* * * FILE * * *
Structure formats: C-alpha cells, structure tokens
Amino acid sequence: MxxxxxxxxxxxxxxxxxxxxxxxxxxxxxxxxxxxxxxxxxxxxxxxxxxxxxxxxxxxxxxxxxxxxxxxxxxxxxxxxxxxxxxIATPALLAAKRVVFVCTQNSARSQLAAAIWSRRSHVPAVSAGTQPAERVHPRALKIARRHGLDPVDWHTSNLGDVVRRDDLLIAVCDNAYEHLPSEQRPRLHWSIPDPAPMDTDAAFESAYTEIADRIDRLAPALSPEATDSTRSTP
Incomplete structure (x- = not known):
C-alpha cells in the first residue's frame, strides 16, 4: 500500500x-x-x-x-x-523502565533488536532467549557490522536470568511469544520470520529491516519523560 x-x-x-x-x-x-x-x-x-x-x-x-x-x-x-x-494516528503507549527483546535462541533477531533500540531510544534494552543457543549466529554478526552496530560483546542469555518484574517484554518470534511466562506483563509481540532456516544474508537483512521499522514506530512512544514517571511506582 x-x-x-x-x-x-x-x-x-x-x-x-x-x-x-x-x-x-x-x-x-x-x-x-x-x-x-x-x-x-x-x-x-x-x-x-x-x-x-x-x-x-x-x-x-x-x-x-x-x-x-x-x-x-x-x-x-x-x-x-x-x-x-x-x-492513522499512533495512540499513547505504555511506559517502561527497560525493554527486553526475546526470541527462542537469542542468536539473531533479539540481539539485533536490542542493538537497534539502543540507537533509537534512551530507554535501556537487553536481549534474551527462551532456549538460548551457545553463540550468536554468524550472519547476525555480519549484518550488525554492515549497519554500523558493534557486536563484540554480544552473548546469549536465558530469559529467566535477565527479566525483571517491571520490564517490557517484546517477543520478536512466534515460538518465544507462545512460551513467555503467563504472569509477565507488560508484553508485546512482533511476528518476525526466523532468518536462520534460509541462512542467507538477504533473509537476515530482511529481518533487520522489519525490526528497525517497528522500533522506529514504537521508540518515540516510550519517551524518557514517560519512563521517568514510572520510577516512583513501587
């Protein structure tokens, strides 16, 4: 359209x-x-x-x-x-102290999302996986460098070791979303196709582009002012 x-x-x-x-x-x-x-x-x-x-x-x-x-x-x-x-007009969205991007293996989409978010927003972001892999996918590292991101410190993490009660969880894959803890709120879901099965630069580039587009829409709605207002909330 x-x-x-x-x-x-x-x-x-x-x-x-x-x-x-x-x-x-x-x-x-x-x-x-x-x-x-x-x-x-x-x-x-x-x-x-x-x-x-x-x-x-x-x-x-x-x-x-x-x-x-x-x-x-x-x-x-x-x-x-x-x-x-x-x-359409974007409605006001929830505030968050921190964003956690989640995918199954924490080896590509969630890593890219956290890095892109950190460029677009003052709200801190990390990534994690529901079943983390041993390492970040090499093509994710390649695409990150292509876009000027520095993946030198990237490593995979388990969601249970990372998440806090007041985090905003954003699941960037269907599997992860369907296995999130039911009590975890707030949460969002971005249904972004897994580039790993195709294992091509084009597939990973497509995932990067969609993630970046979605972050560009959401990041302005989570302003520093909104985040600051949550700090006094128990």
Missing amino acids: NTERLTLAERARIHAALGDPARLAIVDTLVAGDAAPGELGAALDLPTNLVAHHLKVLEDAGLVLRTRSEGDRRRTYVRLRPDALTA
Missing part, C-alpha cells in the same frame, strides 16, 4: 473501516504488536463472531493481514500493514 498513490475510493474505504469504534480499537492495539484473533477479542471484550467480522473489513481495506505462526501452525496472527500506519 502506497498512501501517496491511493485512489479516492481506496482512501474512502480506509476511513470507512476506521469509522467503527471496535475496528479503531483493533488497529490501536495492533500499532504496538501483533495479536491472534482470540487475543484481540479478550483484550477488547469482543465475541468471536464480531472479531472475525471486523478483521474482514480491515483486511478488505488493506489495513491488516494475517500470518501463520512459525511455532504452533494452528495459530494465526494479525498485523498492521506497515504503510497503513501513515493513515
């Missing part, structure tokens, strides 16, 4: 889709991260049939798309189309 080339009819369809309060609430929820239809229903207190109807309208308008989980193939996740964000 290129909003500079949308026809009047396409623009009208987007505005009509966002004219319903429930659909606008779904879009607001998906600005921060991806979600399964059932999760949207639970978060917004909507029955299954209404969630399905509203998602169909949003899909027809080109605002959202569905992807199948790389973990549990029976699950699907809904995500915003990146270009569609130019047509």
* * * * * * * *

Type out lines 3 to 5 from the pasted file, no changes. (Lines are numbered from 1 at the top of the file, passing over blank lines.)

Incomplete structure (x- = not known):
C-alpha cells in the first residue's frame, strides 16, 4: 500500500x-x-x-x-x-523502565533488536532467549557490522536470568511469544520470520529491516519523560 x-x-x-x-x-x-x-x-x-x-x-x-x-x-x-x-494516528503507549527483546535462541533477531533500540531510544534494552543457543549466529554478526552496530560483546542469555518484574517484554518470534511466562506483563509481540532456516544474508537483512521499522514506530512512544514517571511506582 x-x-x-x-x-x-x-x-x-x-x-x-x-x-x-x-x-x-x-x-x-x-x-x-x-x-x-x-x-x-x-x-x-x-x-x-x-x-x-x-x-x-x-x-x-x-x-x-x-x-x-x-x-x-x-x-x-x-x-x-x-x-x-x-x-492513522499512533495512540499513547505504555511506559517502561527497560525493554527486553526475546526470541527462542537469542542468536539473531533479539540481539539485533536490542542493538537497534539502543540507537533509537534512551530507554535501556537487553536481549534474551527462551532456549538460548551457545553463540550468536554468524550472519547476525555480519549484518550488525554492515549497519554500523558493534557486536563484540554480544552473548546469549536465558530469559529467566535477565527479566525483571517491571520490564517490557517484546517477543520478536512466534515460538518465544507462545512460551513467555503467563504472569509477565507488560508484553508485546512482533511476528518476525526466523532468518536462520534460509541462512542467507538477504533473509537476515530482511529481518533487520522489519525490526528497525517497528522500533522506529514504537521508540518515540516510550519517551524518557514517560519512563521517568514510572520510577516512583513501587
């Protein structure tokens, strides 16, 4: 359209x-x-x-x-x-102290999302996986460098070791979303196709582009002012 x-x-x-x-x-x-x-x-x-x-x-x-x-x-x-x-007009969205991007293996989409978010927003972001892999996918590292991101410190993490009660969880894959803890709120879901099965630069580039587009829409709605207002909330 x-x-x-x-x-x-x-x-x-x-x-x-x-x-x-x-x-x-x-x-x-x-x-x-x-x-x-x-x-x-x-x-x-x-x-x-x-x-x-x-x-x-x-x-x-x-x-x-x-x-x-x-x-x-x-x-x-x-x-x-x-x-x-x-x-359409974007409605006001929830505030968050921190964003956690989640995918199954924490080896590509969630890593890219956290890095892109950190460029677009003052709200801190990390990534994690529901079943983390041993390492970040090499093509994710390649695409990150292509876009000027520095993946030198990237490593995979388990969601249970990372998440806090007041985090905003954003699941960037269907599997992860369907296995999130039911009590975890707030949460969002971005249904972004897994580039790993195709294992091509084009597939990973497509995932990067969609993630970046979605972050560009959401990041302005989570302003520093909104985040600051949550700090006094128990």